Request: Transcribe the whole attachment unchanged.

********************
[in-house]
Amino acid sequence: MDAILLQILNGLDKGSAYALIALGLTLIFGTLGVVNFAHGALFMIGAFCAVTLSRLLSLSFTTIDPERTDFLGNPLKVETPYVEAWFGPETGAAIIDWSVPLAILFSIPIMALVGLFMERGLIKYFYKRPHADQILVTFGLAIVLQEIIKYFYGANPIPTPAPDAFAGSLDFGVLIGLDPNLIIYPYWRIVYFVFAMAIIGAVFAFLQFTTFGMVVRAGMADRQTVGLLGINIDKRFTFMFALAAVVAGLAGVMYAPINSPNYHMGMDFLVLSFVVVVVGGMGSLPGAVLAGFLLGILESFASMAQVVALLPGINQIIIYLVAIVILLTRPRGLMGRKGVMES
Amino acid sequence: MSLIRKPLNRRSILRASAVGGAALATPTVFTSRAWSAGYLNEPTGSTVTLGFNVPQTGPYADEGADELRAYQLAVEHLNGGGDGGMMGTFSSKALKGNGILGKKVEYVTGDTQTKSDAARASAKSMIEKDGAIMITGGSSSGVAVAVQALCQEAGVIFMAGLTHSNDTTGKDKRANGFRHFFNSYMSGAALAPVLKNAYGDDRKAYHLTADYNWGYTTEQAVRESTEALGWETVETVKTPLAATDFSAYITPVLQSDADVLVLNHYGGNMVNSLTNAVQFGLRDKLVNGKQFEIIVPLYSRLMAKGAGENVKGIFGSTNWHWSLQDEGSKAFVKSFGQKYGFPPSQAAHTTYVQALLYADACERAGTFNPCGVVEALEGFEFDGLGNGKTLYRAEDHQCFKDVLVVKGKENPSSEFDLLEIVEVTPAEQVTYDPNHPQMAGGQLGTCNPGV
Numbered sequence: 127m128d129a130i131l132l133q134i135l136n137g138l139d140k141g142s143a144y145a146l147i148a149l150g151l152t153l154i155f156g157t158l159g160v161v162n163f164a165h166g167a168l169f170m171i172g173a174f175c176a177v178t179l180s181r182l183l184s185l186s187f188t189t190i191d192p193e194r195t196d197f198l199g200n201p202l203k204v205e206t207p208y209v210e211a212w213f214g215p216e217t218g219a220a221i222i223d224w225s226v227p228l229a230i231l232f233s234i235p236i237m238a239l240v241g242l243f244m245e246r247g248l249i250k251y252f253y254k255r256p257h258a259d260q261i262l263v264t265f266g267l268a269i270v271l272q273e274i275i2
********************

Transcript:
[in-house]
Amino acid sequence: MDAILLQILNGLDKGSAYALIALGLTLIFGTLGVVNFAHGALFMIGAFCAVTLSRLLSLSFTTIDPERTDFLGNPLKVETPYVEAWFGPETGAAIIDWSVPLAILFSIPIMALVGLFMERGLIKYFYKRPHADQILVTFGLAIVLQEIIKYFYGANPIPTPAPDAFAGSLDFGVLIGLDPNLIIYPYWRIVYFVFAMAIIGAVFAFLQFTTFGMVVRAGMADRQTVGLLGINIDKRFTFMFALAAVVAGLAGVMYAPINSPNYHMGMDFLVLSFVVVVVGGMGSLPGAVLAGFLLGILESFASMAQVVALLPGINQIIIYLVAIVILLTRPRGLMGRKGVMES
Amino acid sequence: MSLIRKPLNRRSILRASAVGGAALATPTVFTSRAWSAGYLNEPTGSTVTLGFNVPQTGPYADEGADELRAYQLAVEHLNGGGDGGMMGTFSSKALKGNGILGKKVEYVTGDTQTKSDAARASAKSMIEKDGAIMITGGSSSGVAVAVQALCQEAGVIFMAGLTHSNDTTGKDKRANGFRHFFNSYMSGAALAPVLKNAYGDDRKAYHLTADYNWGYTTEQAVRESTEALGWETVETVKTPLAATDFSAYITPVLQSDADVLVLNHYGGNMVNSLTNAVQFGLRDKLVNGKQFEIIVPLYSRLMAKGAGENVKGIFGSTNWHWSLQDEGSKAFVKSFGQKYGFPPSQAAHTTYVQALLYADACERAGTFNPCGVVEALEGFEFDGLGNGKTLYRAEDHQCFKDVLVVKGKENPSSEFDLLEIVEVTPAEQVTYDPNHPQMAGGQLGTCNPGV
Numbered sequence: 127m128d129a130i131l132l133q134i135l136n137g138l139d140k141g142s143a144y145a146l147i148a149l150g151l152t153l154i155f156g157t158l159g160v161v162n163f164a165h166g167a168l169f170m171i172g173a174f175c176a177v178t179l180s181r182l183l184s185l186s187f188t189t190i191d192p193e194r195t196d197f198l199g200n201p202l203k204v205e206t207p208y209v210e211a212w213f214g215p216e217t218g219a220a221i222i223d224w225s226v227p228l229a230i231l232f233s234i235p236i237m238a239l240v241g242l243f244m245e246r247g248l249i250k251y252f253y254k255r256p257h258a259d260q261i262l263v264t265f266g267l268a269i270v271l272q273e274i275i2